Traffic, roadworks, packed commutes and pollution. City living hardly provides the most serene of surroundings, but a study recently published in the journal Nature has suggested that it may actually have the power to change the way your brain responds to pressure situations.
Scientists based in Germany and Canada examined the brain activity of healthy adults residing in large cities, moderately sized towns, or small rural communities whilst they tried to solve tricky maths problems. As the participants began to tackle and struggle with the tasks, researchers criticised them for their poor skills in an effort to enduce social stress.
During testing, those who were currently living in cities were found to experience more activity in an almond-shaped area of the brain called the amygdala than those who lived in towns or rural areas. This part of the brain is associated with fear responses, emotional processing, and self-protection and has also been linked to countless mental disorders including posttraumatic stress disorder, depression, anxiety and phobias.
Interestingly, those who had grown up living in cities but no longer lived in an urban area also showed higher levels of brain activity in a region called the anterior cingulate cortex, which helps to regulate the amygdala. This would suggest that early environmental surroundings help to shape an individual’s stress response.
“[It seems] living in big cities with many, many people surrounding you sensitizes you to respond more strongly to stress," said researcher Jens C. Pruessner, PhD, director of the Douglas Mental Health Institute at McGill University in Montreal. Researchers are reluctant to pin all the blame for increased stress responses on city living alone, but after they attempted to account for the influences of other factors related to living in a rural or urban area (including socioeconomic status, the size of participants' social networks, or initial anxiety levels), they found that the association still remained.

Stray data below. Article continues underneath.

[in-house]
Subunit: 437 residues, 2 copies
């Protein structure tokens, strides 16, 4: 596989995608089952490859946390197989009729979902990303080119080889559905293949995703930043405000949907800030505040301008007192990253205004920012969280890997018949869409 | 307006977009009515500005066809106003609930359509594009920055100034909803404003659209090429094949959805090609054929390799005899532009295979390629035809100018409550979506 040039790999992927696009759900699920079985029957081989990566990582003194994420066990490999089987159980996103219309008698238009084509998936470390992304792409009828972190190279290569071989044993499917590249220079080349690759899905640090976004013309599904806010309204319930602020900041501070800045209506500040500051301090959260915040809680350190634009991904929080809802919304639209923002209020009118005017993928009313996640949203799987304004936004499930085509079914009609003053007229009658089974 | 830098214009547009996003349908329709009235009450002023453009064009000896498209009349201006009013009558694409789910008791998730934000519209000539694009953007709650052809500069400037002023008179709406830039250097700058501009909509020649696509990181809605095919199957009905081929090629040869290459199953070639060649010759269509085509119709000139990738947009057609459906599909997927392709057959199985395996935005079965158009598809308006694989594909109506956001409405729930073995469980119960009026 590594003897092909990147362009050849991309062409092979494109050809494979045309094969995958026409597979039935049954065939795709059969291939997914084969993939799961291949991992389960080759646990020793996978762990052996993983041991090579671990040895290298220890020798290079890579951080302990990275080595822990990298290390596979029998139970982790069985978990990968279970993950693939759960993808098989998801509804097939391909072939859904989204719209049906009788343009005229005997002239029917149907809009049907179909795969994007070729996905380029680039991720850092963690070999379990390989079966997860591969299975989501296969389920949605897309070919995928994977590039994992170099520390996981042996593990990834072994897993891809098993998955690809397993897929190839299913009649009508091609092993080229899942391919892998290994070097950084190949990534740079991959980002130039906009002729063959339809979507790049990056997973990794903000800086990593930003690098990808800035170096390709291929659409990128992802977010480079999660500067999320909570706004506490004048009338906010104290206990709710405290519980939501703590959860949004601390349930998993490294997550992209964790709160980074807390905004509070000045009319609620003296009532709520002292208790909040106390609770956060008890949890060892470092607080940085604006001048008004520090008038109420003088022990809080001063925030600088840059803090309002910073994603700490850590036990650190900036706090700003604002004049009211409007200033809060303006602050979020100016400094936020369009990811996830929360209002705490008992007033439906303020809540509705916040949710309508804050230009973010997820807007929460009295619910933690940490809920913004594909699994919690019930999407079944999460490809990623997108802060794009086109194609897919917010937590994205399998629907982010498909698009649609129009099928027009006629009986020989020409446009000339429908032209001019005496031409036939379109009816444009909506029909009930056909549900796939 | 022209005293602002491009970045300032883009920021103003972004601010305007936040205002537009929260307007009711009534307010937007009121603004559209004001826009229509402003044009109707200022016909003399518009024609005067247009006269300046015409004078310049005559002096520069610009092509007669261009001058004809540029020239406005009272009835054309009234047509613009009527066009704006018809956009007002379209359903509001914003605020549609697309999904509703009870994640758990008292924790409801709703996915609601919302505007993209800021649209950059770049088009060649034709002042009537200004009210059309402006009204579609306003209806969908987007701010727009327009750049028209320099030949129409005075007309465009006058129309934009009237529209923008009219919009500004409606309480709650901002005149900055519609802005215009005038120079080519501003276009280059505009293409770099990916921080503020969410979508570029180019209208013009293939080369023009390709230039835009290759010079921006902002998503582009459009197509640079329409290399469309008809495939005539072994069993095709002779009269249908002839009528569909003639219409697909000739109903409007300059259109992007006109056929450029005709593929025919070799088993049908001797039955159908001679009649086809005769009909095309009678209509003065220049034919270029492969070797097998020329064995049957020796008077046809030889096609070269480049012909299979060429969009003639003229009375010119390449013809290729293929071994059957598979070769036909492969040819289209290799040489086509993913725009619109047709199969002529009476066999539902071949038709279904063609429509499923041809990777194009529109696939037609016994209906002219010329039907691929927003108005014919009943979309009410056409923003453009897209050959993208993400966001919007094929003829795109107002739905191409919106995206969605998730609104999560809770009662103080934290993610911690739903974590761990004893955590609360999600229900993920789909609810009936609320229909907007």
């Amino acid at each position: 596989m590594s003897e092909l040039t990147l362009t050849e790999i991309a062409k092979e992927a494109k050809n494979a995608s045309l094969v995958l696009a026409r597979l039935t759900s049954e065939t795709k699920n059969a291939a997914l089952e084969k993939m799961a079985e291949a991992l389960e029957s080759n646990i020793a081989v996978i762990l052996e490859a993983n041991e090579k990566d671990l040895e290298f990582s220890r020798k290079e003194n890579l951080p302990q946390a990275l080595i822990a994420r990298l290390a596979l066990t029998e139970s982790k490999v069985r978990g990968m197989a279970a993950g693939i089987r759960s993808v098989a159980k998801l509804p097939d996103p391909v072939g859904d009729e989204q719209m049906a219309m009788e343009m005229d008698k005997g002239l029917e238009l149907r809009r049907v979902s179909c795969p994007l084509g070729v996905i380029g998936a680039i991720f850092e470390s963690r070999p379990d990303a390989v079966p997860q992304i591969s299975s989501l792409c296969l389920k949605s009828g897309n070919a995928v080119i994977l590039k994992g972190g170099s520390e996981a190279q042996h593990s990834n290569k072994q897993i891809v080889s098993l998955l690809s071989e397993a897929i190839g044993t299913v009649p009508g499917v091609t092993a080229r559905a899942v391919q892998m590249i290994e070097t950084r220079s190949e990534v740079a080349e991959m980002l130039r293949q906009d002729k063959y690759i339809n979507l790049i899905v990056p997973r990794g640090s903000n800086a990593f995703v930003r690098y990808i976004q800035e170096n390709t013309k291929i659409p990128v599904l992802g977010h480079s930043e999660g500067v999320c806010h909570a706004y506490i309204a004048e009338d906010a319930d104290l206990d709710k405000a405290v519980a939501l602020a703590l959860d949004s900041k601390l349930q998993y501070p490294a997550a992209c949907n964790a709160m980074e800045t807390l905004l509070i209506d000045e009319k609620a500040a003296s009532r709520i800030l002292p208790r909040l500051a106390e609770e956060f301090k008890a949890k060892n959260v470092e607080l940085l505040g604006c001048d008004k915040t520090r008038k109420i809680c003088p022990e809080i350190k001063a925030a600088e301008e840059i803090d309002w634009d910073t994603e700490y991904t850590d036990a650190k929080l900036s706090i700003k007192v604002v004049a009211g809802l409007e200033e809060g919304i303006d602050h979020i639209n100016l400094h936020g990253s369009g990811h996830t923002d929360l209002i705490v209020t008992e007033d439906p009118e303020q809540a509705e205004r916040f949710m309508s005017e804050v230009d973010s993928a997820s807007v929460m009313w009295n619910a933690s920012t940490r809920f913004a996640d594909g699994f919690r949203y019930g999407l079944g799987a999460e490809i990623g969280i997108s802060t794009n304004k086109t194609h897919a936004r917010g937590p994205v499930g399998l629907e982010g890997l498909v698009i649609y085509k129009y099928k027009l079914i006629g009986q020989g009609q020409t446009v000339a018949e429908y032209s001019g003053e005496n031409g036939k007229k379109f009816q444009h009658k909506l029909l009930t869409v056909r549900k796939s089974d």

"I think there's a lot to the story that our environment is important to how we function and also what our mental health is like," said study researcher Andreas Meyer-Lindenberg, MD, PhD, director of the Central Institute of Mental Health in Mannheim and professor of psychiatry at Heidelberg University in Germany. Meyer-Lindenberg is now working on further studies comparing the brains of migrants and non-migrants who live in the same city. "They have a different social environment, but same city environment," he explained.
A previous study published in Psychological Science in 2008 also found that working memory was adversely affected following periods spent immersed in an urban environment. Again, researchers found it difficult to pinpoint exactly what it is about city surroundings that may tax the brain, but it is thought that their assault on the senses (competing noises, smells, and sights) affect people’s ability to direct attention. The results suggested that nature-filled areas seem to require a different kind of attention that doesn't appear to be as mentally fatiguing.
"I wouldn't draw the conclusion from these studies that city [...] or urban living is bad and we should all move into the country," said the director of the 2008 study, Marc Berman PhD, a research fellow at the University of Michigan, Ann Arbor. “"We need to figure out what elements about the city are harmful to us, what things we can change, what things we can add to the city to make it more restorative and better for cognitive functioning.”
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